Fonterra has set an opening milk price of $7.00 per kg of
milksolids for the 2014/15 season and has revised down its
forecast for the current season in response to weak
international product prices.
For the current season, which officially ends on Saturday,
Fonterra has forecast a milk price of $8.40, down from a
previous forecast of $8.65.
Along with a reconfirmed forecast dividend of 10 cents per
share, the change amounted to a forecast cash payout of $8.50
for a fully shared-up farmer for the current season, Fonterra
The cuts to the forecasts follow a string of weak auctions on
the Global Dairy Trade platform.
Fonterra said the $7.00 per kg opening forecast matched the
opening forecast provided 12 months ago at the start of the
ANZ Bank, in a market commentary, said the milk price for
next season was still strong by historical standards.
"On the face of it the decline in the payout between years is
a drag on the economy over the coming year, but that dynamic
is exaggerated," the bank said.
The coming year's payout will still be the 4th highest on
record, and from a spending point of view farmers will be in
a similar cash-flow situation, the bank said.
Average farm profitability is still expected to be nearly
$3,500/ha -- nearly three times the seven year average of
$1,150/ha - the bank said.
The forecast cash payout - which comprises the forecast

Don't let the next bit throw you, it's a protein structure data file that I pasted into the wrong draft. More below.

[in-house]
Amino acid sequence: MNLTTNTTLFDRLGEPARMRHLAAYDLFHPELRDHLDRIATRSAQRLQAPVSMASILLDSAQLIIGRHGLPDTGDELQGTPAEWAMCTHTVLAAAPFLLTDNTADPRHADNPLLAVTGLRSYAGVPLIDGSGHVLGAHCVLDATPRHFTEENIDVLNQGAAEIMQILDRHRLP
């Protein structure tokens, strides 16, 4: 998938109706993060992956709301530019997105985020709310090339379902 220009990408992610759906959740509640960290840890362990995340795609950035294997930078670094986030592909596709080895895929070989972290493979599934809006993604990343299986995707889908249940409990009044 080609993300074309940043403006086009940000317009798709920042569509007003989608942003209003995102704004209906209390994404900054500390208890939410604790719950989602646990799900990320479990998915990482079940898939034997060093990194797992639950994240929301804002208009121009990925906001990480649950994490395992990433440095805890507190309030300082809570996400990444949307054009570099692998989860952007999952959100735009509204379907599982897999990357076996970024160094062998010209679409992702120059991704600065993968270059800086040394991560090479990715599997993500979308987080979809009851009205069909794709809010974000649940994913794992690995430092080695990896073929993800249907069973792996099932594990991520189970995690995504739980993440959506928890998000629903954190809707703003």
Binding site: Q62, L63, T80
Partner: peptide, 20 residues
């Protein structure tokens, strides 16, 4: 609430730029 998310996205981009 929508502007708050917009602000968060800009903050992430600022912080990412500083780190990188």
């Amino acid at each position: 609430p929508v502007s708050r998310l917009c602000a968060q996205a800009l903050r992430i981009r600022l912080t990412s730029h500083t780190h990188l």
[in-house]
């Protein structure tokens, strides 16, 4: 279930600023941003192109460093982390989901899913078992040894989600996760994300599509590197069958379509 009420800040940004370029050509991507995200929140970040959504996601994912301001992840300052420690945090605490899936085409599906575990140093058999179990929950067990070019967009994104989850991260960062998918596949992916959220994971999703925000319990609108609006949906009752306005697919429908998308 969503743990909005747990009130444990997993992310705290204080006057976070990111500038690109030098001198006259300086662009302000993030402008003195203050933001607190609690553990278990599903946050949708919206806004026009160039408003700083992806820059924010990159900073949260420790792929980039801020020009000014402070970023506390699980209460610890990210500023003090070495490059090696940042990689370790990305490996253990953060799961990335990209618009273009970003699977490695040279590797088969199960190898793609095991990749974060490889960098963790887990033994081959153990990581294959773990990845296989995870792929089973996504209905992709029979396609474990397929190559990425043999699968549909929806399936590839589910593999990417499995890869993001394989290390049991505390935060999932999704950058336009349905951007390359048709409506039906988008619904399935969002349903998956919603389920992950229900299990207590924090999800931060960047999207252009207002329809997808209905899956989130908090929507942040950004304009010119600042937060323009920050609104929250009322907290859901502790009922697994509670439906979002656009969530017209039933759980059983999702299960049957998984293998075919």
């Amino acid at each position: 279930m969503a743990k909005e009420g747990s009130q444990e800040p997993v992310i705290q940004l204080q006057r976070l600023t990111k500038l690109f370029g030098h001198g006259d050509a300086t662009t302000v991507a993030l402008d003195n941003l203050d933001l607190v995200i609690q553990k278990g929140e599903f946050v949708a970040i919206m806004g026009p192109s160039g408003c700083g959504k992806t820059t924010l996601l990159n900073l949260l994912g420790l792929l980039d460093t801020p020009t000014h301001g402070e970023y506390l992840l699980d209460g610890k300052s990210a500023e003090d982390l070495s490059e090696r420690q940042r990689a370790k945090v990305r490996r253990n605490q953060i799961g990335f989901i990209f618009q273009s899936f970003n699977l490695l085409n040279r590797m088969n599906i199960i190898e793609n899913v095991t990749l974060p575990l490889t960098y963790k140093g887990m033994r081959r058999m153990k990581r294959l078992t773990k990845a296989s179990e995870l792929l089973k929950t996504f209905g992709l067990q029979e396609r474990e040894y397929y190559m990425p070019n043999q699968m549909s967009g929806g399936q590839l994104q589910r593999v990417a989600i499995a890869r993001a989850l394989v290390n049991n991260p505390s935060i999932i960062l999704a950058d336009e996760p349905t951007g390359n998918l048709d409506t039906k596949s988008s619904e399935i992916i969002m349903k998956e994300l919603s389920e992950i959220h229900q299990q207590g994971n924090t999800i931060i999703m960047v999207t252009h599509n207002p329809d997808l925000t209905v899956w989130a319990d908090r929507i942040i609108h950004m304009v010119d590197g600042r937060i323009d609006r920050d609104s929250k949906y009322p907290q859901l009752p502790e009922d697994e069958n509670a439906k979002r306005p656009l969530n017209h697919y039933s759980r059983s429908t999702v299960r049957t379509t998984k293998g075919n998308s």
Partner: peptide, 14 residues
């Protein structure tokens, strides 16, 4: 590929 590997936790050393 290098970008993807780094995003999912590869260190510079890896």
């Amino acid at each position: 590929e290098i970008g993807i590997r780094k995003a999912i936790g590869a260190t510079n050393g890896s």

farmgate milk price and dividend for the 2014/15 season -
will be announced in July.
Fonterra is forecasting milk supply for the new season of
1,616 million kg– up 2 per cent on the current season
forecast of 1,584 million kg.
Chairman John Wilson said the new season's forecast remained
historically high, but also reflected current market
"Our farmers understand the realities of dairy commodity
price cycles, and will exercise caution at this early stage
in the season," he said.
Chief executive Theo Spierings said the shift in supply and
demand over the past few months showed that volatility
continued to exert a strong influence over the global outlook
He said there was currently more milk available for the
international market to absorb but that Fonterra expected
demand from China to remain strong.
"In Russia, there will be pressure on the balance between
imports and local production. These factors are expected to
continue influencing the supply-demand balance," Spierings
said in a statement.
High milk prices are a cost to the manufacturing, and
dividend paying, side of Fonterra, which has it the past
prompted the co-operative to artificially lower the milk
Wilson said that when the last forecast was made in late
February, the forecast farmgate milk price derived under the
Milk Price Manual was $9.35. The Milk Price Manual
calculation is now 40 cents lower at $8.95.
When Fonterra made its last forecast in February, it was 70
cents per kg below the then Milk Price Manual calculation.
"After seeing recent improved stream returns on powders and
other products, and considering the level of risk likely in
the remaining three months of the financial year, the board
has decided to reduce that 70 cent gap by 15 cents, to 55
cents," Wilson said.
Spierings said market volatility remained an issue, as did
impact of the still strong New Zealand dollar.
GlobalDairyTrade (GDT) prices have tracked down in recent
events, with the GDT price index down more than 22 per cent
since a peak on February 4, 2014.
Since that date, prices for whole milk powder on GDT have
decreased by 22 per cent, while skim milk powder prices are
down 23 per cent.
Despite the weaker auction results, the New Zealand dollar
has remained firm, Spierings said.
- Jamie Gray, APNZ business reporter